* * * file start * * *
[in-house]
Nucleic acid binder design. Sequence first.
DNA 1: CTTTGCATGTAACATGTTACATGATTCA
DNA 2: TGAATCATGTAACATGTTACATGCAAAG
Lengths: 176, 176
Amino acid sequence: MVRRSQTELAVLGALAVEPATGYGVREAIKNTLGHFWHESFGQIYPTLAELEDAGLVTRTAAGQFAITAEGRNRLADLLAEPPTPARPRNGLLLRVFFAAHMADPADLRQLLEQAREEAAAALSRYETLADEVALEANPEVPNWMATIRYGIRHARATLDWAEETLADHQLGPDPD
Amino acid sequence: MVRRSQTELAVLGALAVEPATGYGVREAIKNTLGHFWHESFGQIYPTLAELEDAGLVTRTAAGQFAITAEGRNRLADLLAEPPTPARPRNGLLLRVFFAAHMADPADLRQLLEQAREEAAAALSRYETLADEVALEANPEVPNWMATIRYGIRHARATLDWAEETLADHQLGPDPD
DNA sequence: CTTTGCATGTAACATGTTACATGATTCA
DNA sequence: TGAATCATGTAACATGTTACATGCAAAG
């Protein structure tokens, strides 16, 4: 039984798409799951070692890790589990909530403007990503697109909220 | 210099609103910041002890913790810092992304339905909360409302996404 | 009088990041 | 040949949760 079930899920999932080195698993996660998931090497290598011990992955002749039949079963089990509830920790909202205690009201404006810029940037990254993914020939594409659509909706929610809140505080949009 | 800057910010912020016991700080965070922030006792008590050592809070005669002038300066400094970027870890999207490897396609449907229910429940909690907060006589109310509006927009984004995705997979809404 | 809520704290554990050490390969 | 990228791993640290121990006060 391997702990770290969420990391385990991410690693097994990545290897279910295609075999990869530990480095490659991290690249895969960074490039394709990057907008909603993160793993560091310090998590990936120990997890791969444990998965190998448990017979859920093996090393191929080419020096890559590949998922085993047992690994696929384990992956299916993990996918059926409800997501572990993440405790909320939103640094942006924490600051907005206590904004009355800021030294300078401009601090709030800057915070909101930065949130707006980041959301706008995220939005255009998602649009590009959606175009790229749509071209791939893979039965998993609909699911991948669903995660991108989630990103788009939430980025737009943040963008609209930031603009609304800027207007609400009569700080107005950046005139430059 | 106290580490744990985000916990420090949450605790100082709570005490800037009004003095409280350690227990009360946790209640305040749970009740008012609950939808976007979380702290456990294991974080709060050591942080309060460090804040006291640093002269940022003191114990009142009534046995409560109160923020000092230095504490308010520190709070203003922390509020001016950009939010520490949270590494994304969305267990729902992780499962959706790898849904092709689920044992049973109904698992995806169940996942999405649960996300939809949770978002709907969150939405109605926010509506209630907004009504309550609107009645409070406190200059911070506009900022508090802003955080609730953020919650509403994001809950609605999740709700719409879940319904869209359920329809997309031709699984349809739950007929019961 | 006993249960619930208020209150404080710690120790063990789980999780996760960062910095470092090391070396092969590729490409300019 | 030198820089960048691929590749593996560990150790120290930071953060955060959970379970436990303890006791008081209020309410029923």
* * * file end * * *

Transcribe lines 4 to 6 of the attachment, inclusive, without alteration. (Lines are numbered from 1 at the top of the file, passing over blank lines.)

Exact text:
DNA 2: TGAATCATGTAACATGTTACATGCAAAG
Lengths: 176, 176
Amino acid sequence: MVRRSQTELAVLGALAVEPATGYGVREAIKNTLGHFWHESFGQIYPTLAELEDAGLVTRTAAGQFAITAEGRNRLADLLAEPPTPARPRNGLLLRVFFAAHMADPADLRQLLEQAREEAAAALSRYETLADEVALEANPEVPNWMATIRYGIRHARATLDWAEETLADHQLGPDPD